More bits and pieces

The other day, I attended a book launch, because I found out K. Srilata would be in conversation with Sharanya Manivannan. I felt like an impostor, in my straight-out-of-work clothes and the anxiety that comes from knowing I was going to meet a writer. I stood awkwardly and had in place nervous smiles for everyone whose eye I caught.

Turns out I had a great time after all. I got my copy signed, and I asked a question, even if I hated the way my voice came out, more high-pitched than normal. It seemed like everyone knew everyone else, but nobody knew me, which is really the best situation. I hate showing up and having to say Hi to at least three people I know from school, college and the neighbourhood, especially if I’ve been trying to avoid one or all of them for the better part of a decade.

“What do you do?” She’s a blogger, I heard from behind me, even as I started to say I’m an engineer. This was a pleasant surprise, because I tend to forget that I could have an alternate introduction for myself, if I so choose. I often wonder about the negative connotations that the word blogger carries, as though a blog was just a big cry for attention in the guise of poorly written diary entries. This is somewhat true, of course, and I will not deny I like the attention – I have not risen above cheap thrills just yet. I also keep hearing that blogs are losing their relevance, especially if they aren’t about something specific, like fashion or cooking or movies or parenting; but I’m not too sure about that. I shall give myself some more time to figure that out.


This past week, I finally finished reading all of Chimamanda Ngozi Adichie’s books, the one I had left out being Half of a Yellow Sun. The titular yellow sun is the symbol of Biafra, which was the name of the country that broke away from Nigeria in the late 1960s and managed to stay afloat for only three years. Her novel focusses on how war affects the lives of civilians and changes them in unrecognizable ways.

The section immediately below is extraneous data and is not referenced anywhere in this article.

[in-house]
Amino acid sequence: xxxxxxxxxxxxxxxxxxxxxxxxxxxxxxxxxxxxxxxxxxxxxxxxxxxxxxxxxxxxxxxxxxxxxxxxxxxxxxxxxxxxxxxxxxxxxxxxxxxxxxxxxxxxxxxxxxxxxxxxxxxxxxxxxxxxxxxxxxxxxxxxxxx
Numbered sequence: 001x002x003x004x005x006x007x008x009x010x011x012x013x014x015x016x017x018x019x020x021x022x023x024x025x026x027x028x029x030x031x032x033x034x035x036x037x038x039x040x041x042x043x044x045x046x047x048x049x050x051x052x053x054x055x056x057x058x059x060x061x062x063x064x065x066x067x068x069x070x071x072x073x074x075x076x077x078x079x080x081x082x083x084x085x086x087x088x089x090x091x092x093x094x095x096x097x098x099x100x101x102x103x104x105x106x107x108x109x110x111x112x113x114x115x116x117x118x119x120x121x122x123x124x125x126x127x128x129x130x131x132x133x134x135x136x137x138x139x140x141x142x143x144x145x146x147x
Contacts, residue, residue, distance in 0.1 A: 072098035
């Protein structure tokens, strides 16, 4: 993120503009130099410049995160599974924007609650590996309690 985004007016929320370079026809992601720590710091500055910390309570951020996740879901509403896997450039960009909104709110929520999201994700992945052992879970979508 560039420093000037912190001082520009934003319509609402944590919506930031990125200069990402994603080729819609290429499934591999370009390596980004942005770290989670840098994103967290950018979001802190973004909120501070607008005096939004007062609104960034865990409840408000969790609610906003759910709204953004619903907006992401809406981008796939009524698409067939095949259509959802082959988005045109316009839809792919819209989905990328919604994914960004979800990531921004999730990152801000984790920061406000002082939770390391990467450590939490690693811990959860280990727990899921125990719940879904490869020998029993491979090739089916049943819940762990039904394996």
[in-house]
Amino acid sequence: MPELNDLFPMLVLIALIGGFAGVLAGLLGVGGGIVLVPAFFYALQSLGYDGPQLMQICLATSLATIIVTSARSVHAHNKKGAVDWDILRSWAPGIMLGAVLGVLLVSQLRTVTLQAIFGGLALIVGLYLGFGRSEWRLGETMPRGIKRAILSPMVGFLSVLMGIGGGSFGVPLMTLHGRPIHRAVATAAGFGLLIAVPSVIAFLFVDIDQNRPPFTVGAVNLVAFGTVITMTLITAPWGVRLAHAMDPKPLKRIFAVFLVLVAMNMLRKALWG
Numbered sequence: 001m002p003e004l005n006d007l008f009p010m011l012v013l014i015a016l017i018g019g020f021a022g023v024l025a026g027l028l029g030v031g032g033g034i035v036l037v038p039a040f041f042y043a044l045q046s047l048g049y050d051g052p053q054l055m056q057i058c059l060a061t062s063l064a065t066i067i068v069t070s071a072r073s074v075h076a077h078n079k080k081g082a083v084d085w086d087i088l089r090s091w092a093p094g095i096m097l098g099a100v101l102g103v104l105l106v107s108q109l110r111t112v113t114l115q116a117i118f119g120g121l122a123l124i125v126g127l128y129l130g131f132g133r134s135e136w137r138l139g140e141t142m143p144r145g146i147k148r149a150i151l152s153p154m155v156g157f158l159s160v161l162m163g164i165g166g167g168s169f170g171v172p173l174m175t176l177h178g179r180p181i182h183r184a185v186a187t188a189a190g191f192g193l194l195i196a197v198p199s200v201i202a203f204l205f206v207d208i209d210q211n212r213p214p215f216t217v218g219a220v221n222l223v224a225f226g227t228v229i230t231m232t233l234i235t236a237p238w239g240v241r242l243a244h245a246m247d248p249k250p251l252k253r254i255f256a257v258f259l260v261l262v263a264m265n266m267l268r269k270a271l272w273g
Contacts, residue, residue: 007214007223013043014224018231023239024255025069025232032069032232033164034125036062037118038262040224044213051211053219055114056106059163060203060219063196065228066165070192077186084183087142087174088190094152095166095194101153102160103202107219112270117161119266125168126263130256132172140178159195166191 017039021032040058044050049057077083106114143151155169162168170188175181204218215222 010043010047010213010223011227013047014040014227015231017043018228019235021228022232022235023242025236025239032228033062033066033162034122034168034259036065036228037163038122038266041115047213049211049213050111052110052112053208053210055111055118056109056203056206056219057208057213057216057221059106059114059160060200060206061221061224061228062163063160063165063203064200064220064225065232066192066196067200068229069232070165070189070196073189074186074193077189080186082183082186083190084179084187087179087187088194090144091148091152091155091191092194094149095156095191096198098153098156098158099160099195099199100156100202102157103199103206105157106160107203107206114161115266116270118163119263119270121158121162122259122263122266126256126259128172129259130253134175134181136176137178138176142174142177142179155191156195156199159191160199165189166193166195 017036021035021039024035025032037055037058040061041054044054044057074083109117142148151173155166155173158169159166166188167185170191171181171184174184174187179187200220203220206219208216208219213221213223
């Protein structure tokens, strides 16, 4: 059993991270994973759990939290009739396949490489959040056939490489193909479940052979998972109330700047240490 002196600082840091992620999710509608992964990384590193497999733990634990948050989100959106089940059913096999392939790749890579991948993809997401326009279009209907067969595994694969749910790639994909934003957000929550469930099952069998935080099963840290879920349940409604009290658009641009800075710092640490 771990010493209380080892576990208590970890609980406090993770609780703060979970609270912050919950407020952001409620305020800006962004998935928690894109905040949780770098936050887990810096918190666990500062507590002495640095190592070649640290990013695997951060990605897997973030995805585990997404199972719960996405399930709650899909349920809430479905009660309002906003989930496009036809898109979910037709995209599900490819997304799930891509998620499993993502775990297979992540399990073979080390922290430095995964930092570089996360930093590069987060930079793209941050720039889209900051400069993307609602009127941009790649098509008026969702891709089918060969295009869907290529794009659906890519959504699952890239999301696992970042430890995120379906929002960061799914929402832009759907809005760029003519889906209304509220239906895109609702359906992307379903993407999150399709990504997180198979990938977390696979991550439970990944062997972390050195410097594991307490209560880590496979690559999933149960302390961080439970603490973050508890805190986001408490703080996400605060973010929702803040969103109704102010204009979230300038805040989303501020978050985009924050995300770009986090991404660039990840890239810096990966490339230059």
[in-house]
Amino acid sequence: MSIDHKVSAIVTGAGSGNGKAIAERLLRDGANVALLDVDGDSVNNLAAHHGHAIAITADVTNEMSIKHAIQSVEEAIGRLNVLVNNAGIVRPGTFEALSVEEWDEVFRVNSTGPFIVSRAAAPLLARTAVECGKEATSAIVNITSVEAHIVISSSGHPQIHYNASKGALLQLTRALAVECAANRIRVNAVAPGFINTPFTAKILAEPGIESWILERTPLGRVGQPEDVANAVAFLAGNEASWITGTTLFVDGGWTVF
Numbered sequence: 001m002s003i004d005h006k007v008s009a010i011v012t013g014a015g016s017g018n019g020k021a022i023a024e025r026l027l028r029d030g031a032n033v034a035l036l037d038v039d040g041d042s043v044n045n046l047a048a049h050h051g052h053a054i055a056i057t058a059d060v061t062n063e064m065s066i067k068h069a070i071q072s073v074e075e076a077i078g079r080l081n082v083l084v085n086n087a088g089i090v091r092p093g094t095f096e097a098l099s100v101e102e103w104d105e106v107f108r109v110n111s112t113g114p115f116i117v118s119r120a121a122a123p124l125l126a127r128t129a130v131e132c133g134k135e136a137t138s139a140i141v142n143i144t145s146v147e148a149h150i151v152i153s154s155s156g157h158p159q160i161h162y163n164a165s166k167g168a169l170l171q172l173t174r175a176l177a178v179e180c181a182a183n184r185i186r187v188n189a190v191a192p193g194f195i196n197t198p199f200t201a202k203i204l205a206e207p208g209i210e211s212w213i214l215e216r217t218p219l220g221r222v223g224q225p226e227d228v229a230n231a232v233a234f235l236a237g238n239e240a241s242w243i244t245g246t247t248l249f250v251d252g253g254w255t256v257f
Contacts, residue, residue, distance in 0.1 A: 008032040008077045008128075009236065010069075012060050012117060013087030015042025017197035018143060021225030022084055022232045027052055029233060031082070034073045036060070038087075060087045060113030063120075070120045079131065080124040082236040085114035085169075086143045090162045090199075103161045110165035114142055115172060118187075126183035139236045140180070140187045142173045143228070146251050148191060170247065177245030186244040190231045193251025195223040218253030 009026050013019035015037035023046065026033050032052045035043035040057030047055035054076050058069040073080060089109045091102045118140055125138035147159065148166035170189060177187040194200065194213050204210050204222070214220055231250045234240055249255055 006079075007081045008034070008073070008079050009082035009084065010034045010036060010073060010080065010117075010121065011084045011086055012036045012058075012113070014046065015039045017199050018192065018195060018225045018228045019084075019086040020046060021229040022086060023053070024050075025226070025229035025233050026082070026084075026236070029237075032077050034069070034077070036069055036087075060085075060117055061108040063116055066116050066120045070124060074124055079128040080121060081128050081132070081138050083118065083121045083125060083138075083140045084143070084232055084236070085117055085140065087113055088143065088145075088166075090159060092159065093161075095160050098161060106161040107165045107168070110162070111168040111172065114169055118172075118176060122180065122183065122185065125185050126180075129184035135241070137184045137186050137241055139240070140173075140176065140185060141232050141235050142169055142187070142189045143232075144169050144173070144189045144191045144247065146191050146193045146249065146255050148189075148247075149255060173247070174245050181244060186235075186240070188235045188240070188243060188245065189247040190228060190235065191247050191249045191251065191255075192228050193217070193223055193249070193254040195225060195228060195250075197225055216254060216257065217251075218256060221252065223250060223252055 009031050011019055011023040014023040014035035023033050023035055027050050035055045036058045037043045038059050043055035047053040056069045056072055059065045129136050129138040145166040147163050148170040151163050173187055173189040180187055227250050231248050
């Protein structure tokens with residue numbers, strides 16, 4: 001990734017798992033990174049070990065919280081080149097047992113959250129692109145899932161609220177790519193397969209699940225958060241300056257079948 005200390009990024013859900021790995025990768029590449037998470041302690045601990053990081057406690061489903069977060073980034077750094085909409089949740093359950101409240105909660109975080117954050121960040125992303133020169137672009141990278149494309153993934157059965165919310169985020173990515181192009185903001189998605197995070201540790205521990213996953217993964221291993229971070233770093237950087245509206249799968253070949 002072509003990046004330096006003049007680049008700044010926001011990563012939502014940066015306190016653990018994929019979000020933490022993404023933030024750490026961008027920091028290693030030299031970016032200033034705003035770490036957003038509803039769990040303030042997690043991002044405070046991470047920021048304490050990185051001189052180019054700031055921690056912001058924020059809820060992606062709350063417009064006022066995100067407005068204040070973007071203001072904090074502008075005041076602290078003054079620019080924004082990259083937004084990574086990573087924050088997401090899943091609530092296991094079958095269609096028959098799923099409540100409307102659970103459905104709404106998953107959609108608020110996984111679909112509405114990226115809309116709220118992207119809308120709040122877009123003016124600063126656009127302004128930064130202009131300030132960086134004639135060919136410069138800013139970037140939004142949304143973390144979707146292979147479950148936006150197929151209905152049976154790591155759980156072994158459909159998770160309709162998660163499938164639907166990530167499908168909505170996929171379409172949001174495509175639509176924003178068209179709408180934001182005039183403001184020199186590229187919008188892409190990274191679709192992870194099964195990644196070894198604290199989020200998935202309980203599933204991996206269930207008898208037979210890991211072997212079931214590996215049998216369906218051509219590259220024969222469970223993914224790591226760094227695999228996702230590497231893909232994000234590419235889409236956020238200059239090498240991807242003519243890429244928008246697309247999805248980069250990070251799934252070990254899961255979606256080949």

I remember when I was in primary school, there used to be a chart in our science textbook that listed out the various diseases we would contract if we suffered from any deficiencies. Vitamin D, the teacher would call out, and we would sing back Rickets. Protein, she would say next, and we would say Kwashiorkor. So finally, I learnt of the deprivations of war through this book, what Kwashiorkor means to a country, and the stories behind starvation and malnutrition that we flippantly associate with the African continent.

The war is at the centre of this novel, but the author takes time to help us get to know her characters. We observe how they behave with each other, how they react to the world at large, their ideologies and emotions. There are any number of beautiful observations – about grief, love, relationships, post-colonial toxicity and the futility of war, all written in prose that is never pretentious. We also find out how a situation such as this specifically impacts women, who are more vulnerable for they are often seen as spoils of war, how they find within themselves an impossible courage and resilience that allows them to continue trying to live.

This is a difficult book to get through, because the images it brings to mind aren’t comforting, they demand you acknowledge the atrocities that once happened.


In other news, I started the year right watching Fantastic Beasts and Where to Find Them, which I thought was an enjoyable take on the magical universe created by J.K. Rowling, without the need for any of the usual suspects. The 1920s New York city setting was interesting too – there were many little details, like the American word for Muggle is No-Maj (short for Non-Magic), and all the fantastical powers that magical creatures have. There’s an adorable creature that picks locks! Yes, the movie is in 3D, which is the norm these days. To paraphrase Amy from The Big Bang Theory, it probably goes to show the studio has faith in the movie.